Finally, I can certainly validate (even though the statement presented by a former Battalion Commander at the time in question and ultimately retiring as a Major General) needs no validation, the information provided in his statement.

I assumed the duties of First Sergeant B Co, 1.32 Infantry in May 1977 and departed in Feb 1978 and I ultimately retired as the Ninth Sergeant Major of the Army, having served with Chief of Staff, Army General Gordon R. Sullivan and Secretaries of the Army, Michael P.W. Stone and Togo West in July 1995.

Richard A. Kidd
Sergeant Major of the Army (SMA #9), USA, Retired



.............

As a law enforcement officer for over 25 years, I affirm and attest that the following information is true and accurate to the best of my recollection and belief.

I confirm in this message that PFC David W. Apperson served under my leadership as Squad Leader for Bravo Company, 1/32nd Infantry Regiment 3rd Brigade 2nd Division Camp Howze Korea 1977 - 1978 and that the following events took place:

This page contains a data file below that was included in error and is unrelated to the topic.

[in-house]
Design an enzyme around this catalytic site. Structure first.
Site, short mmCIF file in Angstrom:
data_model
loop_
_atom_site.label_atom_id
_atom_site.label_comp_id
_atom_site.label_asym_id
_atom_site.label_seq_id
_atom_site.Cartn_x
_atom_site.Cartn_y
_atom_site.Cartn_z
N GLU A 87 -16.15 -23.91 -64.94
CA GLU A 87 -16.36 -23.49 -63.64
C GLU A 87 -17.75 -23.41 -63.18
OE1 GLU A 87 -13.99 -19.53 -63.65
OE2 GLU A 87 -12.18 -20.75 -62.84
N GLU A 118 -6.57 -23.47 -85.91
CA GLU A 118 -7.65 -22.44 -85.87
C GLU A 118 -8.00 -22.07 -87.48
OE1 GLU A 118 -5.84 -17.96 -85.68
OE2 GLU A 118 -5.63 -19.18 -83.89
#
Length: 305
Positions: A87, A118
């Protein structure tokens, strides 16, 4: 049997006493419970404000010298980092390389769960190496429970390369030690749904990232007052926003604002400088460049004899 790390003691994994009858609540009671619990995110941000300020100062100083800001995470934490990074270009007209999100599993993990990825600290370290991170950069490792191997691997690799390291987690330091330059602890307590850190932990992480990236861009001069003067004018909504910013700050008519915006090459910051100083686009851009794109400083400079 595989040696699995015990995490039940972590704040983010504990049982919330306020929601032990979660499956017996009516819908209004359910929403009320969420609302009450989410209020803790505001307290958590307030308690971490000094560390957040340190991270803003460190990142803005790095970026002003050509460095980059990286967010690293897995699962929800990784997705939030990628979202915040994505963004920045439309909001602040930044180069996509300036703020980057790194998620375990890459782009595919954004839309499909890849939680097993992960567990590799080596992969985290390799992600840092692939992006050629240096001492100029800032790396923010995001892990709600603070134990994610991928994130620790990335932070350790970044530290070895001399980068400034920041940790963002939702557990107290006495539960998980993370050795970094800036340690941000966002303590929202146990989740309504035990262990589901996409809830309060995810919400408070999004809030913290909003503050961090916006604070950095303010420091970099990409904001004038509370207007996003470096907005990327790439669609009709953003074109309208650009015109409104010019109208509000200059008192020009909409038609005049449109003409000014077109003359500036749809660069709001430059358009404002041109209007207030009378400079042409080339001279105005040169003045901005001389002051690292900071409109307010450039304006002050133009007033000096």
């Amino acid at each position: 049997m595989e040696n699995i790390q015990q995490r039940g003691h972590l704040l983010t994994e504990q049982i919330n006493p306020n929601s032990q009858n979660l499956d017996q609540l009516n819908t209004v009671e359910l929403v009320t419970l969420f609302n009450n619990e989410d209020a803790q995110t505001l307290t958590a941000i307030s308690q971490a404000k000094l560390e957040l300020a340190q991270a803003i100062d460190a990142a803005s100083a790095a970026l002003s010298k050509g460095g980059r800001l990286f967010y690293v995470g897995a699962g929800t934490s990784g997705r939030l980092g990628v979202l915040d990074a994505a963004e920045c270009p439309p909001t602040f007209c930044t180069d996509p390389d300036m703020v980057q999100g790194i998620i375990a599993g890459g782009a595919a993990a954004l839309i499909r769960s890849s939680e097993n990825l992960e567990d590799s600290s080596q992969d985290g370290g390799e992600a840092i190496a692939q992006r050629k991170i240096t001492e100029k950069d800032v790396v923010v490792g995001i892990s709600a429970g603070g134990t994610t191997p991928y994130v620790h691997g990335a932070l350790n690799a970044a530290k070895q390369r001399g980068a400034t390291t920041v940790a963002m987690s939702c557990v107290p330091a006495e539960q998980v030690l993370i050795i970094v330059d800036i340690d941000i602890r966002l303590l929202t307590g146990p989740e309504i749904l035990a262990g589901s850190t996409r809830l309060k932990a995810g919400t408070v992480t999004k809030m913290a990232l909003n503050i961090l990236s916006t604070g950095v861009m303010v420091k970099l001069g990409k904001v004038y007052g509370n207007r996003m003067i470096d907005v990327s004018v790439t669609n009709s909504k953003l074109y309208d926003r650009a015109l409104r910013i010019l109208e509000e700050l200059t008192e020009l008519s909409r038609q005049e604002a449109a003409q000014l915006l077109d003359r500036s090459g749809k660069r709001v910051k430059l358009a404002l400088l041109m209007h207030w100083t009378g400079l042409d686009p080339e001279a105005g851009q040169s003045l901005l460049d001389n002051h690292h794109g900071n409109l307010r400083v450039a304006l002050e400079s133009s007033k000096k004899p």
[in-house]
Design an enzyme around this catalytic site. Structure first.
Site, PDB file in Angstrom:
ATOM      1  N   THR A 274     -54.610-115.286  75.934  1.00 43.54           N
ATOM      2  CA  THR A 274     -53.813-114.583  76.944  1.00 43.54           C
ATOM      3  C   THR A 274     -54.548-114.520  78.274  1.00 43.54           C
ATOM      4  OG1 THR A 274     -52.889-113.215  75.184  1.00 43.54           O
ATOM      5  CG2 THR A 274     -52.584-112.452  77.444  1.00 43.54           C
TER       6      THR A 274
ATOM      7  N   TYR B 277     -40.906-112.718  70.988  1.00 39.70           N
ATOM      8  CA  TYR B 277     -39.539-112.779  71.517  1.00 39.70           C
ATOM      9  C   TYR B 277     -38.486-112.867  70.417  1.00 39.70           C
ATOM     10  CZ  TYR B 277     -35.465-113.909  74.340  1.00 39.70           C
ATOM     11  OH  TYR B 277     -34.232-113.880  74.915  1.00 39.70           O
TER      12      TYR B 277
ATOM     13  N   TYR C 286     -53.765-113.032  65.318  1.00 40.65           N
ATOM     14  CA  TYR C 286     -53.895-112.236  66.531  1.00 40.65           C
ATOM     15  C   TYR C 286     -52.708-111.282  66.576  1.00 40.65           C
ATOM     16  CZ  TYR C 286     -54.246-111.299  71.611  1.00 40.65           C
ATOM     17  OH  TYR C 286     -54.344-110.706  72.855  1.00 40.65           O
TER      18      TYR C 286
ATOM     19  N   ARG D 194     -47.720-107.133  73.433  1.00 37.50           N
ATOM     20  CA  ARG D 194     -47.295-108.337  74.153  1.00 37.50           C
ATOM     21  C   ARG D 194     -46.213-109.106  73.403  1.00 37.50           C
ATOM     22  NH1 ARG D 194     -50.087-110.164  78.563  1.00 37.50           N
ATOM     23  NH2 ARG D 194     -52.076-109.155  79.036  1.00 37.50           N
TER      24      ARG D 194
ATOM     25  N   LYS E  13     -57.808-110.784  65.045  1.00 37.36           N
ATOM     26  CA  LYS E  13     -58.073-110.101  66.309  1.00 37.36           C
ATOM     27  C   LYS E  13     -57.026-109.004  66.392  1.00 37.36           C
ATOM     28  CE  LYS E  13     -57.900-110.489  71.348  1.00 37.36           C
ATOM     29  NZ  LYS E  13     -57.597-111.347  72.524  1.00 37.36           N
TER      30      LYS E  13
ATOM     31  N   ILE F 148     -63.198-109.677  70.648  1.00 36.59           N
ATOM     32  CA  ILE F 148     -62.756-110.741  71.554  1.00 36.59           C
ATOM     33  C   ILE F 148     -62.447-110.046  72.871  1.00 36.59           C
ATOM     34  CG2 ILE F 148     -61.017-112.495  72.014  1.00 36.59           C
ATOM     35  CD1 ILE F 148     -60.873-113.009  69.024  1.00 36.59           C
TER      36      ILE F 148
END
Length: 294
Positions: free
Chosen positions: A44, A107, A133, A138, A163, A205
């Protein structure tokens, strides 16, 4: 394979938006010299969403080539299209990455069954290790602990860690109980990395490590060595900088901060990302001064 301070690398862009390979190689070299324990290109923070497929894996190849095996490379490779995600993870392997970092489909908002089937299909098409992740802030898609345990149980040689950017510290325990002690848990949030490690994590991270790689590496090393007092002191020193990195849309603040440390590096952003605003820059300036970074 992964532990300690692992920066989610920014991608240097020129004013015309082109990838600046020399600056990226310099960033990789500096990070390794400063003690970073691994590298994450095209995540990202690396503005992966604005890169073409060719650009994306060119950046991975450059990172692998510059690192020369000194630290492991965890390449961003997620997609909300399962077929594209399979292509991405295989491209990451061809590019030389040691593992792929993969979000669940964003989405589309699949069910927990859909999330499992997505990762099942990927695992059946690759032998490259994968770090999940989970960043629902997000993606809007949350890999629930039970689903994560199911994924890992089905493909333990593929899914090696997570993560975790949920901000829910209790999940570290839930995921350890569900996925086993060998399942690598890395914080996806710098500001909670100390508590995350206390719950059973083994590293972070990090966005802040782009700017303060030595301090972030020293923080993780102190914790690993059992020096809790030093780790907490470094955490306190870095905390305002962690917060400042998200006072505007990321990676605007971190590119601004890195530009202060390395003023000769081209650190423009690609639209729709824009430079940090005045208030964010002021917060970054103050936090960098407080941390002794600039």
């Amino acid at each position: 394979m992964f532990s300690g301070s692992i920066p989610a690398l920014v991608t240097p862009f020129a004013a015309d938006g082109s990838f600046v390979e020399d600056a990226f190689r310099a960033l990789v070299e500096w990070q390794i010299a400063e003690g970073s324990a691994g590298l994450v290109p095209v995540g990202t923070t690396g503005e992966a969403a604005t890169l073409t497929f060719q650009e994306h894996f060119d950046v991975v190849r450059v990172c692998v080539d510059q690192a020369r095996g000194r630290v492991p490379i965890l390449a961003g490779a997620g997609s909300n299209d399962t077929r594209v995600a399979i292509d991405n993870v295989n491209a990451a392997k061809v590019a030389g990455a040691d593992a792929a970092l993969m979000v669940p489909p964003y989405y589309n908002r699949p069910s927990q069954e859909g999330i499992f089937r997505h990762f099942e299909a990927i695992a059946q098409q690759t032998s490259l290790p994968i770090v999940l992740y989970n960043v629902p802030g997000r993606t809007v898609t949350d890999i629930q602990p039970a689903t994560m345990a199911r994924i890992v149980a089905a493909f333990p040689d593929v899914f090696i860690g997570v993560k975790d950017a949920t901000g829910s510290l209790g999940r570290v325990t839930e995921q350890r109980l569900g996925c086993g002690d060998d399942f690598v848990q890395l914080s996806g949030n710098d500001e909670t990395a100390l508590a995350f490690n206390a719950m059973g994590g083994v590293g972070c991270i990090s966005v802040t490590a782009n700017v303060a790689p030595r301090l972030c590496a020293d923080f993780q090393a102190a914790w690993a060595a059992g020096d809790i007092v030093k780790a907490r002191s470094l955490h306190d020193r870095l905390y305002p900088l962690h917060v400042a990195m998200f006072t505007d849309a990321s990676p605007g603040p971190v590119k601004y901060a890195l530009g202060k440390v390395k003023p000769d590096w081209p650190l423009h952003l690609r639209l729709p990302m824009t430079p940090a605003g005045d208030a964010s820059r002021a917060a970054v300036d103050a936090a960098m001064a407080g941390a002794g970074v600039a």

1. PFC Apperson, while being assigned duty as a Unit Police Officer was on duty at the camp gate when an argument started with three individuals, which resulted in a physical altercation with PFC Apperson; and

2. PFC Apperson was ordered to fire upon a squad-sized unit when we were on assignment on the DMZ; this event was due to miscommunication over passwords. The radios were jammed and the password was misinterpreted from the unit that was conducting patrols. As the unit advanced toward the top of the hill, they were not recofnized as authorized personnel without the proper password, and they were fired upon; and